Queer individuals are constantly being judged based on their identity, which is not the case when people disagree about political views, worldviews or even religion. Using the term “tolerance” to describe a person is reinforcing the morality argument and is speaking out of a place of implied moral high ground. I accept that tuition is increased every semester; I tolerate when I get the flu, but this is not how I would describe people. The use of these terms is viewing what is being accepted or tolerated as something negative, unnatural and wrong. Shouldn’t people be celebrated, embraced and enjoyed? How would it feel to hear you described by your friends and family as someone who was just tolerated?
In both of the articles, the students who exist outside of the heterosexual or “normal” framework are silenced and illegitimized. The title “Unlikely as a Double Rainbow” does not give any credit to the advancement of queer rights in today’s society. There is still a long way to go, but there have been changes and movements forward. By saying that getting queer individuals and Christian individuals in the same room in a civil and respectful way is “unlikely” denies that there are Christians who don’t necessarily hold the same views as is traditionally shown within Christianity and individuals from the LGBTQ community that identify as Christians themselves. The voices of those who have moved beyond the tired debate are silenced and made to be invisible.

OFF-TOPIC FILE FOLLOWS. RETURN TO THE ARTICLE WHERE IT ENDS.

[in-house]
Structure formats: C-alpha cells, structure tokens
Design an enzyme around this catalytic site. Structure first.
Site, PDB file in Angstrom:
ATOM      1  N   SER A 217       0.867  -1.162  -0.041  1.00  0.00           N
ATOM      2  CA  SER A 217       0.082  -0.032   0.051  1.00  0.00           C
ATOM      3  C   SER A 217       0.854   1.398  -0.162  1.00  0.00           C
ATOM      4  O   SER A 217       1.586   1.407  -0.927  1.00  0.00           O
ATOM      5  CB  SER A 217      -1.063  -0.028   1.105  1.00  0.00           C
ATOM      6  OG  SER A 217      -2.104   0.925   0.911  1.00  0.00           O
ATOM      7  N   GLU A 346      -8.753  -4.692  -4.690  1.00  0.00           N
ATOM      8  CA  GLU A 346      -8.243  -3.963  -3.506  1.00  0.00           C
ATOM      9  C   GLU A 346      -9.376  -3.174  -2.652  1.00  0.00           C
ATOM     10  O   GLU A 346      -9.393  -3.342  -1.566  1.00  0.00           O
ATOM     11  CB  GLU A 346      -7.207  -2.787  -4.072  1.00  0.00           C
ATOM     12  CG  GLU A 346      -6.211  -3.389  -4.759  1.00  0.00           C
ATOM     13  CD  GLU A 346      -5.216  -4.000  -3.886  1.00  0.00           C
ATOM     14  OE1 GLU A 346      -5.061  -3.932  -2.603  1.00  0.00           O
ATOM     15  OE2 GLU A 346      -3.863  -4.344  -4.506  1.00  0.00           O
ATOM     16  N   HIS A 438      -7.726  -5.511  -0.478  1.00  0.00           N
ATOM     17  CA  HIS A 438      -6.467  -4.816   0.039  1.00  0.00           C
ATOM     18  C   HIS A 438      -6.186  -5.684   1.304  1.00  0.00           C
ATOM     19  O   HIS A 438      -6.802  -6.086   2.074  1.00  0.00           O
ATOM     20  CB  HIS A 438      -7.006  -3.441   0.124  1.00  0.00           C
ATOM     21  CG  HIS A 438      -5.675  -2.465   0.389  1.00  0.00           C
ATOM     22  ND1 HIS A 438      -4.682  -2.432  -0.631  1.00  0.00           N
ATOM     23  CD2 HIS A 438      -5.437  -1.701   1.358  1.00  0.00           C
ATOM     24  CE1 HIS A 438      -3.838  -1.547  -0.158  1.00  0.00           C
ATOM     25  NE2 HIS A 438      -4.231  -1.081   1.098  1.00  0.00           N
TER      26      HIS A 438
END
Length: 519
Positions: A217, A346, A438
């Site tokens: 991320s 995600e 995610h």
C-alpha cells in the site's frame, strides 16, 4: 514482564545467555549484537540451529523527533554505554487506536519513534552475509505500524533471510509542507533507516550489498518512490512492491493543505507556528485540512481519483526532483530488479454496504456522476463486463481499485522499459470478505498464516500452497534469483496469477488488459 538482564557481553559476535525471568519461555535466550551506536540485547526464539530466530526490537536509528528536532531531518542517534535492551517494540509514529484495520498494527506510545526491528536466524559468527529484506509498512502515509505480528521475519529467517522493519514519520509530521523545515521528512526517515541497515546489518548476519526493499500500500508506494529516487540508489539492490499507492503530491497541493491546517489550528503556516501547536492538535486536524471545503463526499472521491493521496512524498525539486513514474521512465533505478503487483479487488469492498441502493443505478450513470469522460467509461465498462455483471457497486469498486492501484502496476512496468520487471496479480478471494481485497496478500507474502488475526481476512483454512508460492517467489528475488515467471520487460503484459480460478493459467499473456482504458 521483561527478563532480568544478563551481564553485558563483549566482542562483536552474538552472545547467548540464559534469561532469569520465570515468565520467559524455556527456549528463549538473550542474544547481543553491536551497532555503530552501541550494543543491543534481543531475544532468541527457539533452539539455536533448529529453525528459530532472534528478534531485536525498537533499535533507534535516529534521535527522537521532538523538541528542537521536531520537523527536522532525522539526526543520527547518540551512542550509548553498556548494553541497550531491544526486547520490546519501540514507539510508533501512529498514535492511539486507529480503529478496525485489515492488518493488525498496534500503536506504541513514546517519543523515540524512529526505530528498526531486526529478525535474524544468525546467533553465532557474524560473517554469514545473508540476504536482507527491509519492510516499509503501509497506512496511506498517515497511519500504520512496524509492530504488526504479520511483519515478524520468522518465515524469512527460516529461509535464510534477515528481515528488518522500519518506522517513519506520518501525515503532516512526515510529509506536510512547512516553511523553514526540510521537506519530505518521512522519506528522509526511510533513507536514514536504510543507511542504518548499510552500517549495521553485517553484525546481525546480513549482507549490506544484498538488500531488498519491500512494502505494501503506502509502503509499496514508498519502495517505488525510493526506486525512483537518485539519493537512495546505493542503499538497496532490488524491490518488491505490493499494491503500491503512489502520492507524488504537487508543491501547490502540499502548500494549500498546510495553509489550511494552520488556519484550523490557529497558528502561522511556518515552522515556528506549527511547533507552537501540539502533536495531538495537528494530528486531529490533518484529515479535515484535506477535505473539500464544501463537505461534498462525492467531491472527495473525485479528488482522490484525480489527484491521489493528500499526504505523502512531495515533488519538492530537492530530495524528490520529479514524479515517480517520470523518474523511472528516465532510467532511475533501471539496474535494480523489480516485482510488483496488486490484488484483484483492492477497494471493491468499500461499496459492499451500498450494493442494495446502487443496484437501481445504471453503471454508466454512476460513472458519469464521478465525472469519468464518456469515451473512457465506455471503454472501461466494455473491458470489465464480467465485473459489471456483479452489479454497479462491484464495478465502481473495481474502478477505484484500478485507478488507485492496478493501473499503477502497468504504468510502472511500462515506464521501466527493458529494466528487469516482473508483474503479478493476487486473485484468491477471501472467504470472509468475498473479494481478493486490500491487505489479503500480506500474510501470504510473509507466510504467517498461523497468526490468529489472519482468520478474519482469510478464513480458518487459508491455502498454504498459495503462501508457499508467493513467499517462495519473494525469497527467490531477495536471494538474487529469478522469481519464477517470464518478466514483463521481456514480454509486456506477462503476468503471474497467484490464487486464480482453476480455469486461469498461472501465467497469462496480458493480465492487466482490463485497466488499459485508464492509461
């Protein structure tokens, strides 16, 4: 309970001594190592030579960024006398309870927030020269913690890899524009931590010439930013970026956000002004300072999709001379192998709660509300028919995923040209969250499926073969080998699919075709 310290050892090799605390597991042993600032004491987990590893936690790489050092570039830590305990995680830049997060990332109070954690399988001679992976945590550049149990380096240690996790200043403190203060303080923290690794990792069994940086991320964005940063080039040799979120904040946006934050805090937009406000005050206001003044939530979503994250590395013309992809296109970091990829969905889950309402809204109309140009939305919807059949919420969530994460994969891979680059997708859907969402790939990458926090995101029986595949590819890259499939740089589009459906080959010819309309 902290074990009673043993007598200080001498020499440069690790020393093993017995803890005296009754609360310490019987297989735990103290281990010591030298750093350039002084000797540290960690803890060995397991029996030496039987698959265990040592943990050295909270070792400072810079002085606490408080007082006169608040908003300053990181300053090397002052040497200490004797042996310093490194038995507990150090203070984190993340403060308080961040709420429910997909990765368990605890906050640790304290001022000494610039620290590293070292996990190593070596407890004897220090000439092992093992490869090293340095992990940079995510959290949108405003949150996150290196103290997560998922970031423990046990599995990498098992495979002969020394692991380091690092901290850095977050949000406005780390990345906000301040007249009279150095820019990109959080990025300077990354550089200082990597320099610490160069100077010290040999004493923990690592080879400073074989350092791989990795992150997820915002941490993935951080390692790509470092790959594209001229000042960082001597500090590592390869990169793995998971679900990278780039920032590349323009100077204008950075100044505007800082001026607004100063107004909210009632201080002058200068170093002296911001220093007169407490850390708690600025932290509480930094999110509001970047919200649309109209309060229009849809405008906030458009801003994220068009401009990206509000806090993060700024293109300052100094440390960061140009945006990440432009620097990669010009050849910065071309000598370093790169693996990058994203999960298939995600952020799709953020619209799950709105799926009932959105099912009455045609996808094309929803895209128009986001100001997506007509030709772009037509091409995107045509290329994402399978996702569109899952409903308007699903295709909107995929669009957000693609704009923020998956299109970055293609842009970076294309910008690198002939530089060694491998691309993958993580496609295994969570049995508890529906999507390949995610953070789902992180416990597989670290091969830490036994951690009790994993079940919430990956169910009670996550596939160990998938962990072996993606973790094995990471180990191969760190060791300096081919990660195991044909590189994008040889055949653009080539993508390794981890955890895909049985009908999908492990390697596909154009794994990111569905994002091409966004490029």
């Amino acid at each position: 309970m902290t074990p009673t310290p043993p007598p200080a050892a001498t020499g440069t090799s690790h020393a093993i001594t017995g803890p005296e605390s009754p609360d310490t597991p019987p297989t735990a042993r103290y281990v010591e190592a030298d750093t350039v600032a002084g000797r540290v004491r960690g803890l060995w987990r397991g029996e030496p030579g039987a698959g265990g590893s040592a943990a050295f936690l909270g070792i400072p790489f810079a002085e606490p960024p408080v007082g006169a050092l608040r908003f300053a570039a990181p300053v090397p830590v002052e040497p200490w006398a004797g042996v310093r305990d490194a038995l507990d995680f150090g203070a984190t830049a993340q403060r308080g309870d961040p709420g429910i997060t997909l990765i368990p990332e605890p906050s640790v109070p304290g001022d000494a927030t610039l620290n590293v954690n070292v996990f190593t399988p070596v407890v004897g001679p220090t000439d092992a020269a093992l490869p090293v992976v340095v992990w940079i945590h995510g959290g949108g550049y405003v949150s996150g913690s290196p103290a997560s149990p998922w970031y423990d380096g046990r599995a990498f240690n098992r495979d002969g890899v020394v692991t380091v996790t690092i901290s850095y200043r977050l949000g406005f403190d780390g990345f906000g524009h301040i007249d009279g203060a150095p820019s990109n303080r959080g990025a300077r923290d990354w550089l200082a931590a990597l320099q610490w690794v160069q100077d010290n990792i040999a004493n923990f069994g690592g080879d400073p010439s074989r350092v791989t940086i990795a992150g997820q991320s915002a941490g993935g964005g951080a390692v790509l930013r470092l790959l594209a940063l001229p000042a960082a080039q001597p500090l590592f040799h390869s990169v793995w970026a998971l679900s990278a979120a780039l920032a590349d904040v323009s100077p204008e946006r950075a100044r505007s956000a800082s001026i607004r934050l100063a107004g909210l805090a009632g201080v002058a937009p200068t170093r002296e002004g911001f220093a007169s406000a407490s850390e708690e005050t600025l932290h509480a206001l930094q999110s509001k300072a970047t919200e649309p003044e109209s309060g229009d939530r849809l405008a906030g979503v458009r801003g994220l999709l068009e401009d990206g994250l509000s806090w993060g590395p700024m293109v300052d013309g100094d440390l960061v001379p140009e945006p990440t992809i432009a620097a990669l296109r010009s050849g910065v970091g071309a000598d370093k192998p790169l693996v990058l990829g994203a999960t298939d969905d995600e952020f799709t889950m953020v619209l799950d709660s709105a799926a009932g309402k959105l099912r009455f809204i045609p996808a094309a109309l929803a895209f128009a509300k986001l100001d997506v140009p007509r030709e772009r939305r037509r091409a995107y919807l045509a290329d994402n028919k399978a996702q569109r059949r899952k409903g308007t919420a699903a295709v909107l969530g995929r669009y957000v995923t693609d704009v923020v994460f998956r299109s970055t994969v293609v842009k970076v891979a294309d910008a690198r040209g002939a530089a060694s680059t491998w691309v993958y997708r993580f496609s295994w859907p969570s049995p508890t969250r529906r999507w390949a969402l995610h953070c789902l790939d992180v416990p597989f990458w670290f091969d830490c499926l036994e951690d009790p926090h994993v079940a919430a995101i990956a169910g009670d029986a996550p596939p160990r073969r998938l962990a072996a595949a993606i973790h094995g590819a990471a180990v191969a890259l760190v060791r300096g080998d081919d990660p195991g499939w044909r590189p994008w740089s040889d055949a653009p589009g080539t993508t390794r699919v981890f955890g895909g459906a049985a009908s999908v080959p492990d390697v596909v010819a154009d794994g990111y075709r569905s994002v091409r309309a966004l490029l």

In Evans’ article he states, “Feel free to disagree with me on what I believe to be the new tolerance, but please, realize the implications of your disagreement” (Evans 2012). To me, this sounds like the end of a conversation, rather than the start of an open and safe dialogue. In a university newspaper article that is published and circulated to students of all walks of life, this is inappropriate and promotes exclusivity.
In February of 2012, a campaign was started to deny Ellen DeGeneres a job, which was entirely based on her homosexuality. Gay youth in high school are often tormented and bullied to the point of suicide, as was Jamey Rodemeyer in 2011. This discrimination and hatred is still something that many queer people face today. Publishing articles that deny this reality and reinforce the argument that it is okay to think that gay is wrong only contributes to this. This argument is steeped in self-righteousness, claiming that some groups of people have the world so figured out that they now get to place their values on others. In a day where teen bullying is leading to teens taking their lives, if you are not actively helping to stop the problem, than you are taking part in it.
The point of this response is not to blame Christians for homophobia, or its consequences, but to take a stand against publications that are not inclusive to all people, but silence and condemn some students while perpetuating the exclusive privilege of others. Both of these articles have contributed to the current barriers that keep queer people on the fringes of society; and deny that many other people have embraced and celebrated them.
Regardless of a person’s personal beliefs on sexuality, should we not fight for equality and safety for everyone? Martin Luther King Jr. stated that, “It may be true that the law cannot make a man love me, but it can stop him from lynching me, and I think that’s pretty important.” Regardless of personal beliefs, affording the queer community the same rights and freedoms as their heterosexual counterparts not only promotes respect, love and inclusivity but is a command from Jesus Christ himself.
– Angela Ostrikoff